- Find a safe place to pull over.
It’s good to make sure that you pull over at a safe place because the police officer will be making observations from the moment he/ she instructs you to stop. The officer will be filing a police report that can determine the outcome of your criminal trial and DMV hearing. In the report the officer first observes how you pull over. Avoid driving recklessly -or slowing down too abruptly – – and pulling over in an unsafe place. As these actions may go down the police report.
- Don’t make any sudden movements.
Avoid making any sudden movements, keep your hands on the wheel at 10 and 2 o’clock angel. Police officers have been trained to be alert and cautious at all times. Their first instinct is to protect themselves from any suspected danger and that’s why he/she will approach the car from behind so that they able to have a clear view. In case the driver has any intentions of shooting or attacking them, the officer is in a better position to defend themselves.
- Be polite.
Politeness will reduce your chances of being arrested. Rudeness and hostility will make the officer more determined to have you convicted and may even write an incriminating police report. Follow all the instructions the officer tells you, so that you are not charged with resisting arrest.
- Don’t answer any potentially incriminating questions, and don’t lie.
Be calm and don’t lie. If you are lying and the officer can clearly determine that you are lying, then this can be used against you in court. It’s important to note that you have to give the officer your name, license and registration to the officer. Avoid answering questions that will incriminate you, questions like (have you been drinking? Etc.) politely tell the officer that you have been advised not to answer such questions. If you have to answer a question, do it truthfully.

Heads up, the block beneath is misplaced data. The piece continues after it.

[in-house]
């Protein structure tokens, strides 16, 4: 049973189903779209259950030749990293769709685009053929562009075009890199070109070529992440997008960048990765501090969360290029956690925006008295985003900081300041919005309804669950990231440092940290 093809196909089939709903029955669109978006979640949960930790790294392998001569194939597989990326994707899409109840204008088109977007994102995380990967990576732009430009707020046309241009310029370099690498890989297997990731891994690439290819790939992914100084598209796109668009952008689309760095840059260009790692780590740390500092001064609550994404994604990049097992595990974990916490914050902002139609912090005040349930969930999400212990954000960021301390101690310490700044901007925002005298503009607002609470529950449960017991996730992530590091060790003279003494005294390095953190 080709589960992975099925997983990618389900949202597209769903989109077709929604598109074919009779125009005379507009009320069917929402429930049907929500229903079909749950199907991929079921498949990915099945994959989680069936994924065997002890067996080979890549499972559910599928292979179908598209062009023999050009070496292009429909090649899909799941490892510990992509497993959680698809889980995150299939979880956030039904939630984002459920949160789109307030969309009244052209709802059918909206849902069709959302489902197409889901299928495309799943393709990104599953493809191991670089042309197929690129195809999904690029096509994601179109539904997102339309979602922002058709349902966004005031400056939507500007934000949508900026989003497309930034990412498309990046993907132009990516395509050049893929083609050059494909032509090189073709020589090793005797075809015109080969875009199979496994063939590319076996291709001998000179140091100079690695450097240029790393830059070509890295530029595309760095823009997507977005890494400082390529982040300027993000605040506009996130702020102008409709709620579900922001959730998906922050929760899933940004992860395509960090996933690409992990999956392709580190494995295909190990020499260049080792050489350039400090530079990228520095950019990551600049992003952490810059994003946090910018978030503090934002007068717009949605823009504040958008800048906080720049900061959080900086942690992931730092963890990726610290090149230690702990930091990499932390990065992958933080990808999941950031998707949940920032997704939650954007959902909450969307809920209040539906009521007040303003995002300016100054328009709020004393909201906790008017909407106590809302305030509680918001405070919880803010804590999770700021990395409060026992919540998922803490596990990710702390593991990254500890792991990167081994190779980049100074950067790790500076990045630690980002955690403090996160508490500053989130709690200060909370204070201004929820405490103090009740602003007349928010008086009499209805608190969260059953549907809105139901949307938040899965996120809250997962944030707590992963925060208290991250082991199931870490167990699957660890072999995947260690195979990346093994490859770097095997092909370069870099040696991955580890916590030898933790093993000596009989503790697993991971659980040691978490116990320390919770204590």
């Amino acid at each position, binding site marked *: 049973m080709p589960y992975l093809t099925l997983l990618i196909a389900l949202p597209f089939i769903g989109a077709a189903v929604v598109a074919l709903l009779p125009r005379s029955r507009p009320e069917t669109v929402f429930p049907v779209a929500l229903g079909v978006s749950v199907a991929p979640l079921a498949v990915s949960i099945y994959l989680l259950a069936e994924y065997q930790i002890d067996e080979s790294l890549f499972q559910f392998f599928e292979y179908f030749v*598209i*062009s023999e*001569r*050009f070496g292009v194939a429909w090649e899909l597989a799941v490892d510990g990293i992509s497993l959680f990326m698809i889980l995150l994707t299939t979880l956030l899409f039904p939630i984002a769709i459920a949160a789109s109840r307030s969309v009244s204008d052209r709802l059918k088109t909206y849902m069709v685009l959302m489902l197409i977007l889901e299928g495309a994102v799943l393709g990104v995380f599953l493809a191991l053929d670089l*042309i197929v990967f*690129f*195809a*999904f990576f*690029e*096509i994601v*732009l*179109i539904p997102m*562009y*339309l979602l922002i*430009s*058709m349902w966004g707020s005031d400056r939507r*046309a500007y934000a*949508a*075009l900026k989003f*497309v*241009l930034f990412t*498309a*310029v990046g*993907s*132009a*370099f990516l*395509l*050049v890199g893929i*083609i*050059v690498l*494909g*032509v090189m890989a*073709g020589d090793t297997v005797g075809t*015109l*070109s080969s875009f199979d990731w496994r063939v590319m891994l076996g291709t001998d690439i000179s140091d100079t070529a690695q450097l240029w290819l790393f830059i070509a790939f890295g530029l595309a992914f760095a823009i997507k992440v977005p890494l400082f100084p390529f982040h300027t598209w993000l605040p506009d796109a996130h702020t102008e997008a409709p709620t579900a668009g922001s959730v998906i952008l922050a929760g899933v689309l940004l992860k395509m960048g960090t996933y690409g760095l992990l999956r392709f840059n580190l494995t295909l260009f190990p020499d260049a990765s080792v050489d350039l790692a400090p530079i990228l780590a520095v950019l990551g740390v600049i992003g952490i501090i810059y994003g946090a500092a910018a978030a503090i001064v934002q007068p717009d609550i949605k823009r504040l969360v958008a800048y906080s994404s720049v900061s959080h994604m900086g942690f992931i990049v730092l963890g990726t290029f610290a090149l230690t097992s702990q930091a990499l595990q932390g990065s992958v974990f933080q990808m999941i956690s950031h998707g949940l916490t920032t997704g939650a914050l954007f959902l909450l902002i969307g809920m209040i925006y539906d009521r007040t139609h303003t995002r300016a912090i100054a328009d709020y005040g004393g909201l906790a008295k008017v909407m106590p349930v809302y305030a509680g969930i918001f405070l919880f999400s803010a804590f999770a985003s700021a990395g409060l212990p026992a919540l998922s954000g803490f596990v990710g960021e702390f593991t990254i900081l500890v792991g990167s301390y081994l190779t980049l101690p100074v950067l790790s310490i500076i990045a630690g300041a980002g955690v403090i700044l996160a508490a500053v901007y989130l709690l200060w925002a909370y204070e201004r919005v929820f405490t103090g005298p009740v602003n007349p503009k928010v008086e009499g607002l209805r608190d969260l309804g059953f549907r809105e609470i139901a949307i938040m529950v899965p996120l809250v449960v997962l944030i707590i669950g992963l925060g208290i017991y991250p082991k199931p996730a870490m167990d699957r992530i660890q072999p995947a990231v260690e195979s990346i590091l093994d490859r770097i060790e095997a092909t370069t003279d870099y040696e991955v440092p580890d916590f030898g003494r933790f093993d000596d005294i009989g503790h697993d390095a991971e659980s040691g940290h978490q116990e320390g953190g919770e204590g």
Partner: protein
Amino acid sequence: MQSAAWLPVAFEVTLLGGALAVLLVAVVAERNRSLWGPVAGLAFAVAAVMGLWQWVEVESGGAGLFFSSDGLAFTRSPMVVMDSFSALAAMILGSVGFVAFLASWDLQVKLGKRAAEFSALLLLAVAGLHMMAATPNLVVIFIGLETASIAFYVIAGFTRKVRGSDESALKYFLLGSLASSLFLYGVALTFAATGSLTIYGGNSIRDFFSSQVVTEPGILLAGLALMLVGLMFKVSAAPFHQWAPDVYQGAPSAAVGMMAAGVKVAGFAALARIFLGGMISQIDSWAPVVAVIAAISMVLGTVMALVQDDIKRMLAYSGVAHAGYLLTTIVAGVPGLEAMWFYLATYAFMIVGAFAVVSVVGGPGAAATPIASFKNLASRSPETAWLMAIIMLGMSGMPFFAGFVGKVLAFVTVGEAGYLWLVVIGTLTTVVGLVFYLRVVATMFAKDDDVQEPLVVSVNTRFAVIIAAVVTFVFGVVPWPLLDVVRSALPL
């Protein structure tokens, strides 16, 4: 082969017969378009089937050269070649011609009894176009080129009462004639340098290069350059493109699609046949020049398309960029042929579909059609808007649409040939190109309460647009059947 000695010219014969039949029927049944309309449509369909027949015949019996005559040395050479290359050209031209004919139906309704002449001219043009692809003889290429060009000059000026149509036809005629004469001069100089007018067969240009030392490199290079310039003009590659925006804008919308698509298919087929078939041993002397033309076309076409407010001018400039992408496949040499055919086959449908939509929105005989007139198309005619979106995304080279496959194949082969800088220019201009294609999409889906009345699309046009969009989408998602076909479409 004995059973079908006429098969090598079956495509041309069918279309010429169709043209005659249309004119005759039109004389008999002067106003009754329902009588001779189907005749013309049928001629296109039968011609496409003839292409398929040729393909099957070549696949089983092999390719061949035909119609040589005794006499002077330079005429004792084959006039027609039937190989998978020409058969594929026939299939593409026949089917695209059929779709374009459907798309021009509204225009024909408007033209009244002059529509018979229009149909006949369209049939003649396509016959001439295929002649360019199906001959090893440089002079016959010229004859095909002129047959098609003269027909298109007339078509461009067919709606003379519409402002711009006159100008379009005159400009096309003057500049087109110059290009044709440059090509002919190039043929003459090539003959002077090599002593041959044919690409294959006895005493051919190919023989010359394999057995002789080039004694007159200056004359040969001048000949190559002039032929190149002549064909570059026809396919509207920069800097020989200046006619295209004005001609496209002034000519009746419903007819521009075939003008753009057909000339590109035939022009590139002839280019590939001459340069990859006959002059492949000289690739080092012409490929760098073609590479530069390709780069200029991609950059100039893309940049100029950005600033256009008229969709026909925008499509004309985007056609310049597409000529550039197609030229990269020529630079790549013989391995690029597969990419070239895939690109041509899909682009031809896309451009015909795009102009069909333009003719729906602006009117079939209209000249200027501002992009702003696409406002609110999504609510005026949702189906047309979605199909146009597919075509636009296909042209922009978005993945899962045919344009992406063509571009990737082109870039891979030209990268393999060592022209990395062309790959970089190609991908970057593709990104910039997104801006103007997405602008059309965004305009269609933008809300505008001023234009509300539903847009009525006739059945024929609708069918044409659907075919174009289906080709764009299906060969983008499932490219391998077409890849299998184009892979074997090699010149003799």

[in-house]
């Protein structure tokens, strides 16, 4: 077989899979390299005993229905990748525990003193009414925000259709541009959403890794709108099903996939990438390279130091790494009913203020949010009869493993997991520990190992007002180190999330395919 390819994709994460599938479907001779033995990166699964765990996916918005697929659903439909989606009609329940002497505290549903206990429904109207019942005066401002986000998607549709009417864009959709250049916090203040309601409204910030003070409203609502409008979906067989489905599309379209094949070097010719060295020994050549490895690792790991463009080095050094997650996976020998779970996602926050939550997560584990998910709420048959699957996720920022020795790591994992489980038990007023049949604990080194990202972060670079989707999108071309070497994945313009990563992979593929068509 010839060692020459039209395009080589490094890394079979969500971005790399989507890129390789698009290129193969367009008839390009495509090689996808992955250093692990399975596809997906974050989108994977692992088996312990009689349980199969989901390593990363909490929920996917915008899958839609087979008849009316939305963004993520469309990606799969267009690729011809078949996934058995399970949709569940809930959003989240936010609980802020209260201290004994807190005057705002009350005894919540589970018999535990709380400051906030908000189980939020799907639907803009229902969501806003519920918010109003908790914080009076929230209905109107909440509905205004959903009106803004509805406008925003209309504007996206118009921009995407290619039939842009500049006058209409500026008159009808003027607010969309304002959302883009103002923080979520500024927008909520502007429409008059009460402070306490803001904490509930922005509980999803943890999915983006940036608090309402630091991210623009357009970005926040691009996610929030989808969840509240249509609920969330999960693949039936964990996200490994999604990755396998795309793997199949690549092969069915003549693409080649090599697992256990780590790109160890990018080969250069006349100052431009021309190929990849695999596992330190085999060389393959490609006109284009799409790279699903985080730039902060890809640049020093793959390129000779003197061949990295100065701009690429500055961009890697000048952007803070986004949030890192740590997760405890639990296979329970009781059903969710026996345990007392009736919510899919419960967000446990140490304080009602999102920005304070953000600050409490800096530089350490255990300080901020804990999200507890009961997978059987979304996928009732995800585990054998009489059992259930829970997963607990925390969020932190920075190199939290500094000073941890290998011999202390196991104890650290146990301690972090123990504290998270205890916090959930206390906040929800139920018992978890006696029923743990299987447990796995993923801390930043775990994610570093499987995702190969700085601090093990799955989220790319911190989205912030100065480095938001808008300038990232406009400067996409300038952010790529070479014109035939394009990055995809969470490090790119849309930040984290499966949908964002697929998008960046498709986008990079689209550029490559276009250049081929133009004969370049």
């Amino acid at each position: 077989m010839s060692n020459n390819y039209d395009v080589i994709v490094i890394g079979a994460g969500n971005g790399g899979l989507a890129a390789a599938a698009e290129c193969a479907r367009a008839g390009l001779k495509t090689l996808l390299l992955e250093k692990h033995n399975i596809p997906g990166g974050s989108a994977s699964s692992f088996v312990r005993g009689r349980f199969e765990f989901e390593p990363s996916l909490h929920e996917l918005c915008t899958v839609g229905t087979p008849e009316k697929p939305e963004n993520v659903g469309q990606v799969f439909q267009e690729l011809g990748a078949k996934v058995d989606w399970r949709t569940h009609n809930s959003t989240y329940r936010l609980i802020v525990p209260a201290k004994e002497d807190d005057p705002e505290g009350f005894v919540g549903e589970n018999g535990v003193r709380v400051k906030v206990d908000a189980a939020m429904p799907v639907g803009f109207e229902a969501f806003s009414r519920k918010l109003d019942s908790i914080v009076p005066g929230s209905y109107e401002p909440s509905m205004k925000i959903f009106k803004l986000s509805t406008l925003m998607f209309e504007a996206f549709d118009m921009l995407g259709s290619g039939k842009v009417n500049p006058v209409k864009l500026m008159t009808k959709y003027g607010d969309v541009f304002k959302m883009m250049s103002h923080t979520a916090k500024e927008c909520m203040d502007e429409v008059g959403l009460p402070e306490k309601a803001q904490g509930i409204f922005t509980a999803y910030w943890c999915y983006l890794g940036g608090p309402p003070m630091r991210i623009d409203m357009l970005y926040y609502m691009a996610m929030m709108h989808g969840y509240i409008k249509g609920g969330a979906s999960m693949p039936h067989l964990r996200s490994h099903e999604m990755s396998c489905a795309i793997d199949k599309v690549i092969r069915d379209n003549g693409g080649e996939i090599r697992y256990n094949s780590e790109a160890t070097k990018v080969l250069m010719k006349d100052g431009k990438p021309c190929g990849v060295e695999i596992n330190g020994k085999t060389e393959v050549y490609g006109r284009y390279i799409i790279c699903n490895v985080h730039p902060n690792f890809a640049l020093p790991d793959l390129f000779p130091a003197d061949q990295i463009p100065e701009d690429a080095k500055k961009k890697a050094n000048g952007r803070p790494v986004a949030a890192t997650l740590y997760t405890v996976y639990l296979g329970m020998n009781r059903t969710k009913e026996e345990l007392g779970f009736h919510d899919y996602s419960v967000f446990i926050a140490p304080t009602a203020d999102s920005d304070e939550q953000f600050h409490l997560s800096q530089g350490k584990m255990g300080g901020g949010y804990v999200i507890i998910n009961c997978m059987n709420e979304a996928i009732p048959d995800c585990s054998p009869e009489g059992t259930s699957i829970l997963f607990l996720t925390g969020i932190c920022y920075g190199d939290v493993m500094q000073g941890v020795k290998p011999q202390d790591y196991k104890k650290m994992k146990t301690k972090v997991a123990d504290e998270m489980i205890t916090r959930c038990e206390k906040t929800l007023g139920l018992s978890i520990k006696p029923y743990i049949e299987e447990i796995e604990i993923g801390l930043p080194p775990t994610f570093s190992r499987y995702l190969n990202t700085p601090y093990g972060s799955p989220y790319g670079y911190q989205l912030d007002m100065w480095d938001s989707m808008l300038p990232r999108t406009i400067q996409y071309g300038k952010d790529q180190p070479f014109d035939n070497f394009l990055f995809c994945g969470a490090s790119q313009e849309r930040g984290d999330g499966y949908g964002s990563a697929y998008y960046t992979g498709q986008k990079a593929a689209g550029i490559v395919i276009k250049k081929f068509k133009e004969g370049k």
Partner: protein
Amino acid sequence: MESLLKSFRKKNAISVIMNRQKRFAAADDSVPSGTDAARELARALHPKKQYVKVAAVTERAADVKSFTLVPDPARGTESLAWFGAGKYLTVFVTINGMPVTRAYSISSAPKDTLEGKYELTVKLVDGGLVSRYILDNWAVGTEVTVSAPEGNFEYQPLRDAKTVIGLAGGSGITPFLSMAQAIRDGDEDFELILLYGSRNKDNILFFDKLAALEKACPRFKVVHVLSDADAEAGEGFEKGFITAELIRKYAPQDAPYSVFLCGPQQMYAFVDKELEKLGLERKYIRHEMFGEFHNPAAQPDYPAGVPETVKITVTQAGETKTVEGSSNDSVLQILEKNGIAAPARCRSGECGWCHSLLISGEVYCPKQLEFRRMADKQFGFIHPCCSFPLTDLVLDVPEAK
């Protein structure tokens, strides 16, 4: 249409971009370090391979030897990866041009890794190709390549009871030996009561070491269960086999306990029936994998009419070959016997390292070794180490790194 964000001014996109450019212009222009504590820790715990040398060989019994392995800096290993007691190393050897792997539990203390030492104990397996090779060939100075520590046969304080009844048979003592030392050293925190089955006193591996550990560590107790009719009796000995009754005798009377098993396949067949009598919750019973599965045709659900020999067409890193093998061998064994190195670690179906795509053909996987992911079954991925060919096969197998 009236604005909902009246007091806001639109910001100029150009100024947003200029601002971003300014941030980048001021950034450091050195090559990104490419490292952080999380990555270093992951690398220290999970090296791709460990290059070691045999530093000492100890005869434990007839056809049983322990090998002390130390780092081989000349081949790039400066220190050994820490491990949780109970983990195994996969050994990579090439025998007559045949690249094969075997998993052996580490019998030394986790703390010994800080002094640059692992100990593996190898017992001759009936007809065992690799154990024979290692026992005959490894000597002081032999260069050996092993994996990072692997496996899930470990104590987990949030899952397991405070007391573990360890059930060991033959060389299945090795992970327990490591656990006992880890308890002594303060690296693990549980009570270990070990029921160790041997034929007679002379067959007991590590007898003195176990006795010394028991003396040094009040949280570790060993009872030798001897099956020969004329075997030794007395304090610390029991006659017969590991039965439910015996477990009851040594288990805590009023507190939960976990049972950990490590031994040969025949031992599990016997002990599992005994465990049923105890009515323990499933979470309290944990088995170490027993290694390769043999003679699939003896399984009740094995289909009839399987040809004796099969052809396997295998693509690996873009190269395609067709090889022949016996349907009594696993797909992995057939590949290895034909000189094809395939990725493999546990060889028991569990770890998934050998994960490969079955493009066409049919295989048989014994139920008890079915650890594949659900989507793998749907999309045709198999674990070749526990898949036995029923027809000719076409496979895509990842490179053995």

- Refuse a field sobriety test.
Legally you are not obliged to undergo any field sobriety test. So if an officer asks you to take the test, politely decline. These tests are the best tools for an officer to collect more incriminating information against you. The field sobriety tests have reliable indicators of intoxication. Another reason is that they are very subjective, it’s often up to the officer to determine whether you have passed or not.
- Refuse a hand-held breathalyzer.
Politely decline being subjected to a test using roadside breathalyzers (also known as Preliminary Alcohol Screening tests or PASs). This is because they are notoriously unreliable, and there are countless ways to skew their results. However, if you refuse a Breathalyzer test, you will most likely face serious consequences. For instance, if an officer stops you and believes you are intoxicated, and you refuse to submit to a test to determine your blood-alcohol concentration (BAC), you may risk having your license suspended or even face jail time.
- Take a chemical test at the police station.
Legally you are obliged by law to undergo a chemical test at the police station, it can be a blood test or breathe test. Well many DUI lawyers advise people to opt for the breath tests because they more unreliable so their validity can be disputed in court.
- Once you’ve been released, write down everything that you can remember about the night.
It’s important that you write down everything that you remember about that particular day or night. This information will be useful when your attorney will be fighting your case. Make sure you write down things like:
—what you were doing and where you were doing before you drove
—how much you had to drink
—how long after you were arrested
—how the officer behaved, any instructions he gave you
—what you said to the officer
—where you were pulled over
—when and if you were read your Miranda rights
—when you took the chemical test and how long it had been since you drank
Don’t miss out anything and don’t rule out any information as relevant, just write it down.
- Contact an attorney.
You are entitled to an attorney, therefore pick an attorney who is experienced in DUI laws and who is qualified.